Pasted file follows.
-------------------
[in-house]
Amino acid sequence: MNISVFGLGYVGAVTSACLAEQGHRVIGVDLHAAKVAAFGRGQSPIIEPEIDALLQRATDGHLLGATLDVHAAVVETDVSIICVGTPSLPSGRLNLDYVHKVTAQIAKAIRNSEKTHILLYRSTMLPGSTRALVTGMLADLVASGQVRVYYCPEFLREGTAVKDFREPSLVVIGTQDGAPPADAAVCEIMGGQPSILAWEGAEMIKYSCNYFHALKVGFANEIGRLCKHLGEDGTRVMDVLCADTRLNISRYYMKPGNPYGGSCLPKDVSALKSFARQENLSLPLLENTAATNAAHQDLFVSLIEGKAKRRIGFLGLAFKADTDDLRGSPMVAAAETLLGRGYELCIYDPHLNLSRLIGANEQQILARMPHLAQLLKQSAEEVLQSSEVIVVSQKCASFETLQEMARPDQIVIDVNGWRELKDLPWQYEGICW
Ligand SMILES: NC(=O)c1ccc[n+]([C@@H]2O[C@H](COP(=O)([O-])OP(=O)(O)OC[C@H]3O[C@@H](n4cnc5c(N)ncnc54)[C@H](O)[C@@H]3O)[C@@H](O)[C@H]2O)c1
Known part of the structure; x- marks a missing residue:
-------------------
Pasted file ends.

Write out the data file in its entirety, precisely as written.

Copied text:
[in-house]
Amino acid sequence: MNISVFGLGYVGAVTSACLAEQGHRVIGVDLHAAKVAAFGRGQSPIIEPEIDALLQRATDGHLLGATLDVHAAVVETDVSIICVGTPSLPSGRLNLDYVHKVTAQIAKAIRNSEKTHILLYRSTMLPGSTRALVTGMLADLVASGQVRVYYCPEFLREGTAVKDFREPSLVVIGTQDGAPPADAAVCEIMGGQPSILAWEGAEMIKYSCNYFHALKVGFANEIGRLCKHLGEDGTRVMDVLCADTRLNISRYYMKPGNPYGGSCLPKDVSALKSFARQENLSLPLLENTAATNAAHQDLFVSLIEGKAKRRIGFLGLAFKADTDDLRGSPMVAAAETLLGRGYELCIYDPHLNLSRLIGANEQQILARMPHLAQLLKQSAEEVLQSSEVIVVSQKCASFETLQEMARPDQIVIDVNGWRELKDLPWQYEGICW
Ligand SMILES: NC(=O)c1ccc[n+]([C@@H]2O[C@H](COP(=O)([O-])OP(=O)(O)OC[C@H]3O[C@@H](n4cnc5c(N)ncnc54)[C@H](O)[C@@H]3O)[C@@H](O)[C@H]2O)c1
Known part of the structure; x- marks a missing residue: